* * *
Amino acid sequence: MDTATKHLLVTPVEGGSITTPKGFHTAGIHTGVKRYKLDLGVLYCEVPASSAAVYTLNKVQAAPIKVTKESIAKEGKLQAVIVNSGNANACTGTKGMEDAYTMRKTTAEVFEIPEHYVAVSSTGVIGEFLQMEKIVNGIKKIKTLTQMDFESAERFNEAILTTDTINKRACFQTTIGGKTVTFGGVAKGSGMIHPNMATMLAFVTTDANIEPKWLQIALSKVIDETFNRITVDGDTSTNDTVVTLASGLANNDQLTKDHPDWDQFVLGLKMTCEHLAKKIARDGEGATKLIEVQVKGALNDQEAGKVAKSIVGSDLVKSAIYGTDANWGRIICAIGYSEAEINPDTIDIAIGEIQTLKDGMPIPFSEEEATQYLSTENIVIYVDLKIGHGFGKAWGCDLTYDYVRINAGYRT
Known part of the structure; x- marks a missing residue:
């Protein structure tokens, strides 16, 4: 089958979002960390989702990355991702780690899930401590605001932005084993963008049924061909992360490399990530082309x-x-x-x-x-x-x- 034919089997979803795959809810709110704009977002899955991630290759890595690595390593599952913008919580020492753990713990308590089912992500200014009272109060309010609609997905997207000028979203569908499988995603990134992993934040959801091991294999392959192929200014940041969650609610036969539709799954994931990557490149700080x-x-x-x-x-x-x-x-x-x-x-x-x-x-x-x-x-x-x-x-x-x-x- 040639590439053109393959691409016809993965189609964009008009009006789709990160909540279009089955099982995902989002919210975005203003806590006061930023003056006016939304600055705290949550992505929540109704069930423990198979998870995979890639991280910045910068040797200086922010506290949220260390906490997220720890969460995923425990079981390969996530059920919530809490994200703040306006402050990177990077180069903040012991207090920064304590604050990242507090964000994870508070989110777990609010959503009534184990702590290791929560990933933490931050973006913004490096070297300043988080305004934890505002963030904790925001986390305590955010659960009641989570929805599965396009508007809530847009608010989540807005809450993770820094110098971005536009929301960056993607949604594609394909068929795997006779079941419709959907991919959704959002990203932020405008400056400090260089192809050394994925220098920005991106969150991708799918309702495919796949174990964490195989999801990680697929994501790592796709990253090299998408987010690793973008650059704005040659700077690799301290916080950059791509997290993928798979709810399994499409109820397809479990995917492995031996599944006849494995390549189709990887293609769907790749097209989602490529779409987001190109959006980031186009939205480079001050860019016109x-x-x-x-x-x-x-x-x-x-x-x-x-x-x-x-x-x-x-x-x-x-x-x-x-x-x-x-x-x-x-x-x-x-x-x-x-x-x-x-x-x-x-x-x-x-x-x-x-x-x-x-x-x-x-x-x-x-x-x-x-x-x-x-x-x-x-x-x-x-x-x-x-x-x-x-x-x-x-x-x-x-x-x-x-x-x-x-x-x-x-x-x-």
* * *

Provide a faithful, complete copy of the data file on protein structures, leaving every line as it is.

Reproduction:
Amino acid sequence: MDTATKHLLVTPVEGGSITTPKGFHTAGIHTGVKRYKLDLGVLYCEVPASSAAVYTLNKVQAAPIKVTKESIAKEGKLQAVIVNSGNANACTGTKGMEDAYTMRKTTAEVFEIPEHYVAVSSTGVIGEFLQMEKIVNGIKKIKTLTQMDFESAERFNEAILTTDTINKRACFQTTIGGKTVTFGGVAKGSGMIHPNMATMLAFVTTDANIEPKWLQIALSKVIDETFNRITVDGDTSTNDTVVTLASGLANNDQLTKDHPDWDQFVLGLKMTCEHLAKKIARDGEGATKLIEVQVKGALNDQEAGKVAKSIVGSDLVKSAIYGTDANWGRIICAIGYSEAEINPDTIDIAIGEIQTLKDGMPIPFSEEEATQYLSTENIVIYVDLKIGHGFGKAWGCDLTYDYVRINAGYRT
Known part of the structure; x- marks a missing residue:
């Protein structure tokens, strides 16, 4: 089958979002960390989702990355991702780690899930401590605001932005084993963008049924061909992360490399990530082309x-x-x-x-x-x-x- 034919089997979803795959809810709110704009977002899955991630290759890595690595390593599952913008919580020492753990713990308590089912992500200014009272109060309010609609997905997207000028979203569908499988995603990134992993934040959801091991294999392959192929200014940041969650609610036969539709799954994931990557490149700080x-x-x-x-x-x-x-x-x-x-x-x-x-x-x-x-x-x-x-x-x-x-x- 040639590439053109393959691409016809993965189609964009008009009006789709990160909540279009089955099982995902989002919210975005203003806590006061930023003056006016939304600055705290949550992505929540109704069930423990198979998870995979890639991280910045910068040797200086922010506290949220260390906490997220720890969460995923425990079981390969996530059920919530809490994200703040306006402050990177990077180069903040012991207090920064304590604050990242507090964000994870508070989110777990609010959503009534184990702590290791929560990933933490931050973006913004490096070297300043988080305004934890505002963030904790925001986390305590955010659960009641989570929805599965396009508007809530847009608010989540807005809450993770820094110098971005536009929301960056993607949604594609394909068929795997006779079941419709959907991919959704959002990203932020405008400056400090260089192809050394994925220098920005991106969150991708799918309702495919796949174990964490195989999801990680697929994501790592796709990253090299998408987010690793973008650059704005040659700077690799301290916080950059791509997290993928798979709810399994499409109820397809479990995917492995031996599944006849494995390549189709990887293609769907790749097209989602490529779409987001190109959006980031186009939205480079001050860019016109x-x-x-x-x-x-x-x-x-x-x-x-x-x-x-x-x-x-x-x-x-x-x-x-x-x-x-x-x-x-x-x-x-x-x-x-x-x-x-x-x-x-x-x-x-x-x-x-x-x-x-x-x-x-x-x-x-x-x-x-x-x-x-x-x-x-x-x-x-x-x-x-x-x-x-x-x-x-x-x-x-x-x-x-x-x-x-x-x-x-x-x-x-």